Tuesday, November 11, 2014
4:00 pm to 6:00 pm
Sheldon Lubar Faculty Commons
UW Law School | 975 Bascom Mall (7th floor)
University of Wisconsin–Madison
Beyond the dramatic story of Nobel Peace Prize Laureate Malala Yousafzai’s life and struggle for women’s education as recounted in I Am Malala: The Girl Who Stood Up for Education and Was Shot by the Taliban—UW-Madison’s Go Big Read book selection for 2014—lie profound and complex questions:
This symposium brings together scholars whose joint expertise cuts across the challenges of women’s education in tribal Pakistan, the historical encounter of Islam and modernity, and the cultural problematics of international aid. The goal of the program is to highlight how in South Asia and elsewhere debates about educational reform and women’s education in particular do not occur in a vacuum but are highly inflected by historically embedded ideologies, and culturally and politically vexed notions about human identity, education and development.
Nancy Kendall is Associate Professor of Educational Policy Studies, University of Wisconsin-Madison, who specializes in ethnographic studies of comparative, international, and global education policy. She is affiliated with the UW African Studies Program, Department of Gender and Women’s Studies, Development Studies Ph.D. Program, and Global Health Institute. Her research has examined children’s sense-making and experiences with gender and education, political democratization, sexuality and HIV/AIDS education, and orphan-focused international programming.
Omar Qureshi is currently the principal of the Islamic Foundation School (Villa Park, Illinois) with considerable experience of teaching at public and private schools in Saudi Arabia and the United States. He has studied the Islamic religious sciences with a number of traditional scholars in Syria and Saudi Arabia and holds specialization in Islamic law and theology. He is also a Ph.D. candidate in Cultural and Educational Policy Studies at Loyola University–Chicago. His dissertation explores the conception of the highest good in Islamic Education.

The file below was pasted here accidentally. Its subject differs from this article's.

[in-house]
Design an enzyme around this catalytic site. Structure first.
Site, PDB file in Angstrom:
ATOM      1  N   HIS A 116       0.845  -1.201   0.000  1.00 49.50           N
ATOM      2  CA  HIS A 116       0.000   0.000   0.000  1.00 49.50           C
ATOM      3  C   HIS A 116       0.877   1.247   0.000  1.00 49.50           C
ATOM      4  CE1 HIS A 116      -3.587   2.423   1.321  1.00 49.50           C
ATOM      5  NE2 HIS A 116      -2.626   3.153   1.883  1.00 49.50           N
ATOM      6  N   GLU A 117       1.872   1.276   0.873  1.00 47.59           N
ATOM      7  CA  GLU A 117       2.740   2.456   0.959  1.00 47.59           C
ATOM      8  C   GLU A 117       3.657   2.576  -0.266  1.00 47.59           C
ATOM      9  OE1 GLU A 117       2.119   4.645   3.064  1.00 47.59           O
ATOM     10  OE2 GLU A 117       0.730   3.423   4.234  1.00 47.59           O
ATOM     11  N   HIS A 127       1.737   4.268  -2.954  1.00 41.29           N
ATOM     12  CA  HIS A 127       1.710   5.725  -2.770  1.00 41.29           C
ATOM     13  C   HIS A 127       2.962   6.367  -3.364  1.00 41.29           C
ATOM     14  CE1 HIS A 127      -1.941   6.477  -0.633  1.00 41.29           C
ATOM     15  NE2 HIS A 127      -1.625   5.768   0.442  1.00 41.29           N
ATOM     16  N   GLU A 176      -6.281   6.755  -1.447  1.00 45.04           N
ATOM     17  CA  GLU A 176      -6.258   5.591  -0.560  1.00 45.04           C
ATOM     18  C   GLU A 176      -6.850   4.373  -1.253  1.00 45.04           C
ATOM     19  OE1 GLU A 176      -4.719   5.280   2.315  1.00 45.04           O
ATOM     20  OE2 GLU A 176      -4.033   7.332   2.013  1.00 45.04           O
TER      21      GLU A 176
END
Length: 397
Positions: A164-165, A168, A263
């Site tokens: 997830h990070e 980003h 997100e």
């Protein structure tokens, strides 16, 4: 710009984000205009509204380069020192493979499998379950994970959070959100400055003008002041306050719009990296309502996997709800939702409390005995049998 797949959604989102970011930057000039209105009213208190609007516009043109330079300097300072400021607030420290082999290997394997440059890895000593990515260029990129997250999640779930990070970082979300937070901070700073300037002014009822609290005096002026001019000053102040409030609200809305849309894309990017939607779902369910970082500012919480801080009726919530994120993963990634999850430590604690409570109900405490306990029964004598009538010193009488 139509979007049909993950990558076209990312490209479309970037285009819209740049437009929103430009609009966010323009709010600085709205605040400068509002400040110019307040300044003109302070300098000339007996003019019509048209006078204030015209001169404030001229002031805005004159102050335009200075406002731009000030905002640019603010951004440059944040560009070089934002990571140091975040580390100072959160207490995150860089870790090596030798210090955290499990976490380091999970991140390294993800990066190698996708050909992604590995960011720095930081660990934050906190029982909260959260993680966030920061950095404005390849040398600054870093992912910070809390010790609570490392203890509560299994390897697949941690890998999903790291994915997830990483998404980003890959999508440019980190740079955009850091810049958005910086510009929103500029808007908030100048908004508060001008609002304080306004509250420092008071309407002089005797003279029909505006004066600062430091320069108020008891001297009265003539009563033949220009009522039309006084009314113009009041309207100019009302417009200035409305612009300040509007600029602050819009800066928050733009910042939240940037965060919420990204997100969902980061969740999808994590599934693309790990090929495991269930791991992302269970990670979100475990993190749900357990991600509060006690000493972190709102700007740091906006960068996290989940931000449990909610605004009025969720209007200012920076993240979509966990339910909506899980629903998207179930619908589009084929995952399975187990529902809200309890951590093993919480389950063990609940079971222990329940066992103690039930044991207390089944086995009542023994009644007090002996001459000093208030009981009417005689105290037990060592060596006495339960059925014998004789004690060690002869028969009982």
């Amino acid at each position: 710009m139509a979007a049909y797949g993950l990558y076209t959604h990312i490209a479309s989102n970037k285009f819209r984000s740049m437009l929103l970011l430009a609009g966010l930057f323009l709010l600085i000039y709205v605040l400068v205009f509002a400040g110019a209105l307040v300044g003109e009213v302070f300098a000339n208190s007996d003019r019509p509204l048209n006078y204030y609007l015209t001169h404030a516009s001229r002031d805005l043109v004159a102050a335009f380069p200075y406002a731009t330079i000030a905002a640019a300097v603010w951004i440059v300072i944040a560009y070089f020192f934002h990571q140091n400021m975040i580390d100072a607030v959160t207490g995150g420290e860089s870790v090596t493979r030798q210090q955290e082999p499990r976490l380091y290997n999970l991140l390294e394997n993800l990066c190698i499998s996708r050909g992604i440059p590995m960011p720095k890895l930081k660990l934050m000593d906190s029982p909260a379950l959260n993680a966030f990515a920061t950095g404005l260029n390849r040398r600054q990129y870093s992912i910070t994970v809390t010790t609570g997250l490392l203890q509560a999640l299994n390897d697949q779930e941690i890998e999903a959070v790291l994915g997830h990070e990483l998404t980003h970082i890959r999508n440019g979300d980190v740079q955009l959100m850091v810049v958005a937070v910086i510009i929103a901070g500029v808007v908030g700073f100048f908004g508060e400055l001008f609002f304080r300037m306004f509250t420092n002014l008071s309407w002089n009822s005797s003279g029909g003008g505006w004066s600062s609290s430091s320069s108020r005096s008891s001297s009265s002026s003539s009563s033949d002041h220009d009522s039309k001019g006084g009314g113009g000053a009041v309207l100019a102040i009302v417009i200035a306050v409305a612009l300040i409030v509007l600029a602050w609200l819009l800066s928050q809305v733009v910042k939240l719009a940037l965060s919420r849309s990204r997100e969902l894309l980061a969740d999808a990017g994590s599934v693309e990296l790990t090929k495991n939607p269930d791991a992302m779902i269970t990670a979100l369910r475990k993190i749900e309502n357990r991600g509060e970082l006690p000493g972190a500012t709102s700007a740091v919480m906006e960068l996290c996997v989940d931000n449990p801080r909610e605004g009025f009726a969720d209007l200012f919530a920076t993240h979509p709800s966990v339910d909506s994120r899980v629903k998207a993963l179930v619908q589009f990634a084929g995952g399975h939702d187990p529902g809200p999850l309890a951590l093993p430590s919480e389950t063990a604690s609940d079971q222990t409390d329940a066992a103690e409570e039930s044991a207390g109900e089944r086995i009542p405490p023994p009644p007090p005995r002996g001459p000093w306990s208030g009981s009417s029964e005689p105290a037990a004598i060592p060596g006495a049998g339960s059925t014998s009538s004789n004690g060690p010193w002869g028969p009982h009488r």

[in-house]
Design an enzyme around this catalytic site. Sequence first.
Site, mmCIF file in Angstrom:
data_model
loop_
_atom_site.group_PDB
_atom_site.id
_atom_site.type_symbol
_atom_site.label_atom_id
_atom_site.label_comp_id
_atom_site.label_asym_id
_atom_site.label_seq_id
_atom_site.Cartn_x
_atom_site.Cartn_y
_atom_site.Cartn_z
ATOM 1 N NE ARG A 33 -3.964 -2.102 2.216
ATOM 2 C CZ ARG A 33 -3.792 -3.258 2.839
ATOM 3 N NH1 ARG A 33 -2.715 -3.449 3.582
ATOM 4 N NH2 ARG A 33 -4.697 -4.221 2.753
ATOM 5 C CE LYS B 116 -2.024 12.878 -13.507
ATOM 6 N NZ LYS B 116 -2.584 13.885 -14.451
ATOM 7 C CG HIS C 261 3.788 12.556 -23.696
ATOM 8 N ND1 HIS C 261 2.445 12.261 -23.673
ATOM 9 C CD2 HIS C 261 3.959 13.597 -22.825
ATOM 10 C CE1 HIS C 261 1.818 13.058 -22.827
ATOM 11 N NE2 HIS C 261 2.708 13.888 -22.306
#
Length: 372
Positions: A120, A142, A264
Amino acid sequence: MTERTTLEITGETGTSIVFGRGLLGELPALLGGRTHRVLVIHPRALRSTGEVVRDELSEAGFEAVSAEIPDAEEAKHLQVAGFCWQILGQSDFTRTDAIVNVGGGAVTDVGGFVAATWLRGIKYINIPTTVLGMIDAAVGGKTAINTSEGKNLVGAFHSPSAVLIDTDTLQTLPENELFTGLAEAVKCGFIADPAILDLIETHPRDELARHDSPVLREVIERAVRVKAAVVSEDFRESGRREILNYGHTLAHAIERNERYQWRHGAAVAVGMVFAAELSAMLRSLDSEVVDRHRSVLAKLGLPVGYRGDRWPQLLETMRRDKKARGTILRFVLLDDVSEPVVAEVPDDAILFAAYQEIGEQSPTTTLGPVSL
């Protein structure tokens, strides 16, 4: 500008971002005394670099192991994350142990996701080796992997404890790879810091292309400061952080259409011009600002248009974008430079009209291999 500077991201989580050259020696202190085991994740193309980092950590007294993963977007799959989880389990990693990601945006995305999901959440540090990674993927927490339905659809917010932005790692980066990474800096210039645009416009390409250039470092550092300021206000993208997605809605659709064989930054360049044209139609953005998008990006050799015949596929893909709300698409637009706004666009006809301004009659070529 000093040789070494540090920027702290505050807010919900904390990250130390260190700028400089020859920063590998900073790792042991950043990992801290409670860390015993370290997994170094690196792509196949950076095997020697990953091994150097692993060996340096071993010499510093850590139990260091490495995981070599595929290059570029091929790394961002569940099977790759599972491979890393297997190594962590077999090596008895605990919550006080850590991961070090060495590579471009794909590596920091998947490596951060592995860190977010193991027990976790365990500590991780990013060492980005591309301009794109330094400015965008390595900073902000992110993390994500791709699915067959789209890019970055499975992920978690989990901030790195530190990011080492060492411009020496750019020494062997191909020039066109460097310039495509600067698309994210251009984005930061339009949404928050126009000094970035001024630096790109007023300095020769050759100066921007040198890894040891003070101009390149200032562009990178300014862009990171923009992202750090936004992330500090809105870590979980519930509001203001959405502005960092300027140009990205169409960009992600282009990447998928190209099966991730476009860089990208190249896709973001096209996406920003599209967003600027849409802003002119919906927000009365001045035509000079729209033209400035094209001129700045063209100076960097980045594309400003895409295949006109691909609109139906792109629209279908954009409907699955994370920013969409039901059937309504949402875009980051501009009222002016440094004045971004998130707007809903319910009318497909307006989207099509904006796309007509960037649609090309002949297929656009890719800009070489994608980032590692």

Sidra Rind is a Ph.D. student in the Department of Educational Policy Studies at the University of Wisconsin–Madison. She received the Virginia Horne Henry Award for her research on female students in the tribal parts of Pakistan. She studies how in the province of Balochistan competing pressures from the state, the separatists, and the Taliban have shaped the educational experience of Pakistani schoolgirls.
Tayyab Zaidi is a doctoral student in Educational Policy Studies, UW–Madison, working toward a dissertation on models of Islamic education in America. His research interests cut across the educational applications of multimodal and systemic-functional analysis, postcolonial studies, and the impact of Muslim organizations. He is a recipient of the Fulbright Award and the Higher Education Commission Pakistan scholarship. Tayyab holds masters degrees in English as well as Applied Linguistics from the University of Karachi, Pakistan, and in Educational Studies from the University of Michigan, Ann Arbor.